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Journal Article

Self-assembly of n-alkanethiol monolayers: a study by IR-vis sum frequency spectroscopy (SFG)


Grunze,  M.
Cellular Biophysics, Max Planck Institute for Medical Research, Max Planck Society;

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Himmelhaus, M., Eisert, F., Buck, M., & Grunze, M. (2000). Self-assembly of n-alkanethiol monolayers: a study by IR-vis sum frequency spectroscopy (SFG). The Journal of Physical Chemistry B, 104(3), 576-584. doi:10.1021/jp992073e.

Cite as: http://hdl.handle.net/21.11116/0000-0001-BA09-4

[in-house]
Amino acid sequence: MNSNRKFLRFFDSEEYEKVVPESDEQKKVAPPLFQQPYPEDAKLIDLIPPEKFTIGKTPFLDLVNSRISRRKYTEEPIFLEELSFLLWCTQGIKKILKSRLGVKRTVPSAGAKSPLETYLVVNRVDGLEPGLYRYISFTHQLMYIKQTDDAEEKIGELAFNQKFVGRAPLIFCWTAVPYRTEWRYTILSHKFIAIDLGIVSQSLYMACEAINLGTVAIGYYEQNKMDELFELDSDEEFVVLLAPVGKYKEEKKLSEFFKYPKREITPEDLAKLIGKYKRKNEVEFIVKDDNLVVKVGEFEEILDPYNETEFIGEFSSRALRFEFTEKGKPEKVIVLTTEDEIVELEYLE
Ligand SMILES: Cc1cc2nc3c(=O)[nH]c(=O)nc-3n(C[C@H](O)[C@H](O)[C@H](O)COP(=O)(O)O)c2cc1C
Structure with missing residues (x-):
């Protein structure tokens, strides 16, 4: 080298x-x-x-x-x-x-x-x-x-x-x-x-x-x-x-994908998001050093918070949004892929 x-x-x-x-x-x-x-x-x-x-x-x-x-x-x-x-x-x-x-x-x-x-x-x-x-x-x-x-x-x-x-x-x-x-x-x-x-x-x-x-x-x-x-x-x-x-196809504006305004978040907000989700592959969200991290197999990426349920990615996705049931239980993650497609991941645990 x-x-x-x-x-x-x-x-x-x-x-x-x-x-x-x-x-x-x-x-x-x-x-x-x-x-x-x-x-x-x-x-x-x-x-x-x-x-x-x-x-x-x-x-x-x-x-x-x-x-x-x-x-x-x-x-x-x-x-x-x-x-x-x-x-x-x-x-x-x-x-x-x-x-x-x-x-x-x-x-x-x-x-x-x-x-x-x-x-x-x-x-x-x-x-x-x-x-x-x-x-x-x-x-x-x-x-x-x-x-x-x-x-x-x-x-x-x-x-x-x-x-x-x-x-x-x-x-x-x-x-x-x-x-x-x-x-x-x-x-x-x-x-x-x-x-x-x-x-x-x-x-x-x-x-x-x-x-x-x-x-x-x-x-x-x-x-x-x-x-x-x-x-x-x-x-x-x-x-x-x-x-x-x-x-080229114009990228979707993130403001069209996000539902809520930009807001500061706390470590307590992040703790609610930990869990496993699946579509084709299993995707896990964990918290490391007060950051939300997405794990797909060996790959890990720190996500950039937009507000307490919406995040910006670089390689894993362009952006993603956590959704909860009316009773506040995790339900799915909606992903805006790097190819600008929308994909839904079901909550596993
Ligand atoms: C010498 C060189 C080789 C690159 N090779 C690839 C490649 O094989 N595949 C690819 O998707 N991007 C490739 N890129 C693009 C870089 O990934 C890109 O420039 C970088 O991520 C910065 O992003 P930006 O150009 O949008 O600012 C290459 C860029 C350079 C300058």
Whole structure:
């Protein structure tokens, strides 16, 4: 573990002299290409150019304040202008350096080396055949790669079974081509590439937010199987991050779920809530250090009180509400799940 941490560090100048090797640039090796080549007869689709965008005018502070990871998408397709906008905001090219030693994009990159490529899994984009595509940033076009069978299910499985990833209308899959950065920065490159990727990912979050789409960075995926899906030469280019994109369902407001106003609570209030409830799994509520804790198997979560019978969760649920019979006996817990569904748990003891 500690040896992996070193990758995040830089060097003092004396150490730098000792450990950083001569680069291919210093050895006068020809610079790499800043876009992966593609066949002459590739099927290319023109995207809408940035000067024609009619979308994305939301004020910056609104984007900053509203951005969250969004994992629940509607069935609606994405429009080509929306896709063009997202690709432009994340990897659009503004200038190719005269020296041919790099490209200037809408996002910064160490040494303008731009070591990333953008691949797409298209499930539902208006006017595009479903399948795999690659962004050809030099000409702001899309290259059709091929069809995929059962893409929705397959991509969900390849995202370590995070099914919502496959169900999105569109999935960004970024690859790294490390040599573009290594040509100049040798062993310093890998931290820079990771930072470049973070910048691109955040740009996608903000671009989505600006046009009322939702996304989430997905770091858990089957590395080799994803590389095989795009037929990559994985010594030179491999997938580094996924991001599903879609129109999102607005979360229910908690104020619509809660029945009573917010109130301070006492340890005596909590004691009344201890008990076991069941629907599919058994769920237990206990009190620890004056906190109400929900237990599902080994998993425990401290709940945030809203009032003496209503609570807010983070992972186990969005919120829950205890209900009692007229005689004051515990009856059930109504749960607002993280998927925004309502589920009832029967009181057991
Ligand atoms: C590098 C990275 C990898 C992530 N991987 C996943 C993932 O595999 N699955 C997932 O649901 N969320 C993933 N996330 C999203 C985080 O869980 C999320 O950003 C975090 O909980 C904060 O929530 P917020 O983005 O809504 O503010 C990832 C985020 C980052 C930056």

Adsorption of docosanethiol (CH3(CH2)21SH) onto polycrystalline gold from ethanol solution was investigated by nonlinear vibrational spectroscopy. The formation of the self-assembled monolayer (SAM) was monitored by recording of the temporal evolution of the C−H stretching modes. Three different steps with significantly different time scales were identified. The fastest step in the adsorption process is related to the Au−S bond formation. Progressing with a rate constant of 2500−3000 L mol-1 s-1, it is characterized by hydrocarbon chains with a high fraction of gauche kinks. The second step proceeds 3−4 times more slowly and comprises the straightening of the alkane chains. During the first two steps a pronounced band around 2813 cm-1 appears, which is interpreted as mode softening of the C−H vibrations due to the interaction with the substrate. The time scale of the final step is a factor of 35−70 slower than the rate of chain stretching and encompasses the reorientation of the terminal methyl end groups. The methylene group adjacent to the methyl group exhibits the same temporal behavior and thus behaves oppositely to the other methylene groups. The SFG data imply that the last few percent of the thiol molecules adsorbing produce the complete monolayer by inducing the transition from a high number of gauche defects to an all-trans conformation. The sequence of changes in the vibrational spectra suggests an ordering and annealing of the film from the interface to the film surface.